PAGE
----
Regional Chief Investment Officers Sean McCarthy and Kei Sasaki discuss the potential for investment opportunities caused by an increase in distressed U.S. retailers.

Audio: Another Door Opens (Audio)

Transcript: Another Door Opens (Audio)

Interviewer: Sean McCarthy, Regional Chief Investment Officer in the Southwest
Interviewee:
Kei Sasaki, Regional Chief Investment Officer in the Northeast

Sean: Hello. I'm Sean McCarthy, Regional Chief Investment Officer in the Southwest for Wells Fargo Private Bank, and joining me is Kei Sasaki, Regional Chief Investment Officer in the Northeast. Today we'll be discussing why there may be investment opportunities from distress like the retail sector is experiencing. So, Kei, retail store closures this year have been making headline news. These closures, coupled with an expected tripling of the amount of distressed debt since 2008-20091, appear to paint a dismal picture for retail. Your experience as a retail analyst tells you this situation has been awhile in the making, correct?

Kei: Yes, Sean exactly, one could argue current retail attrition has its roots in the household exuberance of the early 2000s. According to Forbes magazine, from the mid-1990s until the 2008 financial crisis, leasable retail square footage growth was double the population growth. Consumer spending rose during this period as household savings rates declined and consumer borrowing accelerated. This was helped by rising home values and the "cash out" refinancing boom, all this contributed to an acceleration of "big box" retail development which saw shopping center growth take up 50% of U.S. retail space. This rapid buildup has been unwinding as a result of a slow economic recovery, stagnant wage growth, and the rise in online retailing.

Sean: It's interesting that we're still seeing too much retail space because the consumer seems fairly healthy at this point. The September economic data showed record levels of employment, hourly earnings, and household income. In addition, consumer spending is being boosted by low interest rates, which make debt service manageable for consumers.

Kei: Great points, Sean. However, there are still potential ripple effects from a declining brick-and-mortar retail environment as traditional suppliers migrate to alternative distribution channels.

Sean: Kei, let's parse "retail". Store closures have been concentrated in the department store and specialty soft-goods categories, where consumption has shifted online. At the same time, we are seeing an increase in locally-focused retail store and restaurant openings. Kei, help us understand the trends here.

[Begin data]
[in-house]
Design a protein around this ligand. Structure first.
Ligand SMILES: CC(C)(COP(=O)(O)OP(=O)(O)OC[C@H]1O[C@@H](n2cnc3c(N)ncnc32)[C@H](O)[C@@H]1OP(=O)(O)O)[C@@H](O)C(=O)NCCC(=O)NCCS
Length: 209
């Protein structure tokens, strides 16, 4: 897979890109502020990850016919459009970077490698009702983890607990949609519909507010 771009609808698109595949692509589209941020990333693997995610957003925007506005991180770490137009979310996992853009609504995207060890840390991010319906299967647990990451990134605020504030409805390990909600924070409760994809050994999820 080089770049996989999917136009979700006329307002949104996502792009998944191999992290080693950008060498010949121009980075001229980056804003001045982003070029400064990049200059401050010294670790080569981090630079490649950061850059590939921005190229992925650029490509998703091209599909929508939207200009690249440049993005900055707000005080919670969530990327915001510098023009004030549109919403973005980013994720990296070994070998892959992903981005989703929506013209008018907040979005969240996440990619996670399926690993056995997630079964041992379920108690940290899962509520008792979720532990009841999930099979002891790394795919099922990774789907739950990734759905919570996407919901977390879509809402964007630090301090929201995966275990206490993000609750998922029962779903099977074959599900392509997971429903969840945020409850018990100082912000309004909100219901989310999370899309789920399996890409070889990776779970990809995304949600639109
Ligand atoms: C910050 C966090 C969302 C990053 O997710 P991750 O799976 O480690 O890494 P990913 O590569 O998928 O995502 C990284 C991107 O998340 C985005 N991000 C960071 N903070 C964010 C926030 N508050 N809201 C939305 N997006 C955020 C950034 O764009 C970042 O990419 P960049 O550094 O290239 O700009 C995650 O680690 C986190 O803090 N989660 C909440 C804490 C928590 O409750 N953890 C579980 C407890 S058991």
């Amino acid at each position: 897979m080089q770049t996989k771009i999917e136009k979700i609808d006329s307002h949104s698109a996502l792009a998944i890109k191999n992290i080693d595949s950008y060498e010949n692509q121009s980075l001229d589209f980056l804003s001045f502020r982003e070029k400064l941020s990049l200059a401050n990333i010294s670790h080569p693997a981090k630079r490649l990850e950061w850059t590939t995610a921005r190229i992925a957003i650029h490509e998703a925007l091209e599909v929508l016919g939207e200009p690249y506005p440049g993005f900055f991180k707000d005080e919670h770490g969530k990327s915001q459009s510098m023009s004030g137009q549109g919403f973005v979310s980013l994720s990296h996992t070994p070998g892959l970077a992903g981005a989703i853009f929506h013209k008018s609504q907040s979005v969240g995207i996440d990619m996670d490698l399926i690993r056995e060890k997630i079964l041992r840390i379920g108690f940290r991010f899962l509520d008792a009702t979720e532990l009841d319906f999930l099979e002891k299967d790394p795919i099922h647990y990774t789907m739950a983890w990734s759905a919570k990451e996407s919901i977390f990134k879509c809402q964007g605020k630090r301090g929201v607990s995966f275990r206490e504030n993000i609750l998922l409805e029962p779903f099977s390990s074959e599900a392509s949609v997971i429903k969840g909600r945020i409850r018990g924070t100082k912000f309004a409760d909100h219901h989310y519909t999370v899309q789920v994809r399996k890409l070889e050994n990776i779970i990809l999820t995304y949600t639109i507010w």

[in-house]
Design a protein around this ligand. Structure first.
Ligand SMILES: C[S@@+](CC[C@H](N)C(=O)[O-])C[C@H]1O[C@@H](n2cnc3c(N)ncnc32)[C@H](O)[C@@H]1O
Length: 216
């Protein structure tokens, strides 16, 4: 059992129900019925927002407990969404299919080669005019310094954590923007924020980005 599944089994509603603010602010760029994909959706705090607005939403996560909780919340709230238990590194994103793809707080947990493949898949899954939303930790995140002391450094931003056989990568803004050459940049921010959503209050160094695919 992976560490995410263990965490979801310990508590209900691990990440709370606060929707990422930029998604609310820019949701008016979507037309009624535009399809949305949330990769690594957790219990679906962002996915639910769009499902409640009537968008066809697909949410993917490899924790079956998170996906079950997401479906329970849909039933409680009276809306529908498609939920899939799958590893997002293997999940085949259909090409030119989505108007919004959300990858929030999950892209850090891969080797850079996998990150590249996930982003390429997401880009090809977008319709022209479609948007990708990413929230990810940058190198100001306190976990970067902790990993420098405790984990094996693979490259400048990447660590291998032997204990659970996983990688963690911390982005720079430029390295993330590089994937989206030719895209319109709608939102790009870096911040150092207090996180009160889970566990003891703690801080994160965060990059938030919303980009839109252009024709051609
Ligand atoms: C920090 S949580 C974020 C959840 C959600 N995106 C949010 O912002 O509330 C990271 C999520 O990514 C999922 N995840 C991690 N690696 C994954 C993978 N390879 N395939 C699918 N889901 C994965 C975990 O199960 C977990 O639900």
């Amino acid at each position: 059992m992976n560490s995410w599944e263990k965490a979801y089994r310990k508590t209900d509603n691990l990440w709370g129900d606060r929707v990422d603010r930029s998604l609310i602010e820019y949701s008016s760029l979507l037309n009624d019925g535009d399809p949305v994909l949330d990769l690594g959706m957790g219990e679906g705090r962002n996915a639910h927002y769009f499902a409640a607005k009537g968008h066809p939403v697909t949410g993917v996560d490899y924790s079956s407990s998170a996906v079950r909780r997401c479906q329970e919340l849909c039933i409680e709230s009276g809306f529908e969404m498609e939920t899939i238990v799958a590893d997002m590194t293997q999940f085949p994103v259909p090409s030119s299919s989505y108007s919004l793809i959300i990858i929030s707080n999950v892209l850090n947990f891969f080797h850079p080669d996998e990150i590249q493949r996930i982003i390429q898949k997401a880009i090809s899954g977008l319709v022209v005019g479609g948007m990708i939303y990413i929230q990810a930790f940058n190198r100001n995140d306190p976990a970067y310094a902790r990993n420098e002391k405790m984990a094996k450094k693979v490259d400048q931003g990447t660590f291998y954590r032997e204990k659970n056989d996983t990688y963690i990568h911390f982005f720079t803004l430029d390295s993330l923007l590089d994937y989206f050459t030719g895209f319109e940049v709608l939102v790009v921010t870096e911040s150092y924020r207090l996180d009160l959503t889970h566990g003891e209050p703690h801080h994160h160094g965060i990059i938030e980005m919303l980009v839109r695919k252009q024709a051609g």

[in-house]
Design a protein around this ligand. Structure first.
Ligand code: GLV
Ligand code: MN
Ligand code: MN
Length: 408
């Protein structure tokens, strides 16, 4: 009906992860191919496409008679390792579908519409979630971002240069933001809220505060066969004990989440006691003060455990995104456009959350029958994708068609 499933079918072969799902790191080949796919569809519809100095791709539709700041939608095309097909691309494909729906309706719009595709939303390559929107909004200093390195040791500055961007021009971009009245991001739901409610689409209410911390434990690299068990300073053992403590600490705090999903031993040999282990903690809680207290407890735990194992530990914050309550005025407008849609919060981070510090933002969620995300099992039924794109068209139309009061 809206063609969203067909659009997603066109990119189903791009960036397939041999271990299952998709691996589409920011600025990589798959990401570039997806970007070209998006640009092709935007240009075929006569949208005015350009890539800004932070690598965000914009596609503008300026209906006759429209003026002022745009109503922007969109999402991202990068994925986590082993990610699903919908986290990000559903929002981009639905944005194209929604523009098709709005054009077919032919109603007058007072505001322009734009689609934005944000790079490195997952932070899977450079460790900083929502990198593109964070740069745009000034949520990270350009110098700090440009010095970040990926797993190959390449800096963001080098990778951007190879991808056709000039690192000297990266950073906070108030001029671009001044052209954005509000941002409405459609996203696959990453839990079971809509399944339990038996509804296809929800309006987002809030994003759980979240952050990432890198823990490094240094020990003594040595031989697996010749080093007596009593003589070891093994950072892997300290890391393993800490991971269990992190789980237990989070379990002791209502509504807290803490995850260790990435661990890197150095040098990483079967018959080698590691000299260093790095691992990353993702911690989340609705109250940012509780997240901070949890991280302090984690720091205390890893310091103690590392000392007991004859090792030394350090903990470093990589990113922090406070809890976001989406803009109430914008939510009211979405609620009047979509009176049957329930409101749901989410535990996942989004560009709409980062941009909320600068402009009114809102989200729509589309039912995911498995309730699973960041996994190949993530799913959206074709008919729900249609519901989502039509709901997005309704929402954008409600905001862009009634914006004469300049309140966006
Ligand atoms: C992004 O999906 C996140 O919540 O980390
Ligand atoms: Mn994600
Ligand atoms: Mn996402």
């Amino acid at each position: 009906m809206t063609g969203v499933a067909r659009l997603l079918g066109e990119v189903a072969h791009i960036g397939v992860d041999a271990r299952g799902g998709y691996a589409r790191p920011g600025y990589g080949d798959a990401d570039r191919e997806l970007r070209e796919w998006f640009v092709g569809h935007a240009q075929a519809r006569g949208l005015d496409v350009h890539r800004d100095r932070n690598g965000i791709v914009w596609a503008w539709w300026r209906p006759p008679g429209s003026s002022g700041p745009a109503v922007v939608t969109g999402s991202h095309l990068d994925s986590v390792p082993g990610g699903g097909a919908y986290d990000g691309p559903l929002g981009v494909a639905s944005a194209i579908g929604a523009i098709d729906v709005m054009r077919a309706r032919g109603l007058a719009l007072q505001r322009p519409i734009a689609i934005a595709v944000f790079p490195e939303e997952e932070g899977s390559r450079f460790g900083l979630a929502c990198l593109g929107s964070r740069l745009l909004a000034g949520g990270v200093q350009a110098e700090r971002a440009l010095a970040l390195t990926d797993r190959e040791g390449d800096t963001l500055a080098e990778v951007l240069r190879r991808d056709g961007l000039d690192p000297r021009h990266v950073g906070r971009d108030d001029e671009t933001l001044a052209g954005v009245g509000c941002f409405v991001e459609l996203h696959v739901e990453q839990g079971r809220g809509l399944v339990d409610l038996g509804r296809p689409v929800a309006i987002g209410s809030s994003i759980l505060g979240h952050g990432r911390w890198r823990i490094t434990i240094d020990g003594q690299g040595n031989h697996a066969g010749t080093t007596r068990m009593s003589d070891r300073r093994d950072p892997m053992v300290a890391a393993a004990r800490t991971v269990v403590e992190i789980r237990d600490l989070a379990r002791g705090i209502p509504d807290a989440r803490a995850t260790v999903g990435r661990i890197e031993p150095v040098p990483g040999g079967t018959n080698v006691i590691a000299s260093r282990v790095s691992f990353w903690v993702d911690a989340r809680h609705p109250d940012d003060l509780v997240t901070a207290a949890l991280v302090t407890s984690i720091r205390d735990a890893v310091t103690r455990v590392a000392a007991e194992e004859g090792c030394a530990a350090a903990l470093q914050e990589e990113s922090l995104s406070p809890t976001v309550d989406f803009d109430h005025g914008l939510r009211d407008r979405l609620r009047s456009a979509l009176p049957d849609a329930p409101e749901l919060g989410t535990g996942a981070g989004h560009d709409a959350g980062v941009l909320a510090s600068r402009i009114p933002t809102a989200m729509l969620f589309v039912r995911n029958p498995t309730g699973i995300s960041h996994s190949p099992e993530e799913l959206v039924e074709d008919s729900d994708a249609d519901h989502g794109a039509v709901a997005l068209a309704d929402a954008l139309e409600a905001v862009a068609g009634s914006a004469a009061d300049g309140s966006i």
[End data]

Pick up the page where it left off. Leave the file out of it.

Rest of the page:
Kei: Sure. It may be helpful to distinguish the headwinds and tailwinds for retail:

First, tailwinds, three key ones:

  1. The traditional retail customer is healthy again and shopping.
  2. New consumers have different purchasing habits but also are shopping.
  3. Technology is decentralizing the supply chain, which could retain attractive economics.

The two key headwinds:

  1. The percentage of mid-teens who shop online is growing at multiples versus those who choose to shop at brick-and-mortar stores.
  2. Poor economics for some traditional retail and "big box" stores may lead to additional store closures.

New stores are likely to be smaller, more staples-oriented vs. discretionary, and highly differentiated. In other words, a telepresence dinner with friends can't compete with sitting together and having a hot meal. In our view, the future of consumer spending and retail over the long run is likely to be bright – just different from today.

Sean: Based on what we've discussed, Kei, it seems like distress in the retail sector may give rise to potential investment opportunities, specifically in the distressed debt sector. At this point, the economy appears to be steadily improving and consumer sentiment is still positive, which should keep debt default levels low, in our opinion. Under such market conditions now, it is worth considering investment strategies such as private debt and event driven hedge funds that can attempt to take advantage of market trends as they evolve. Thanks for joining me in this discussion, Kei. And for our listeners, if you have questions regarding the strategies discussed, we recommend meeting with your investment professional to determine whether they are appropriate for your specific situation. Thank you for listening.


1 Moody’s Investors Service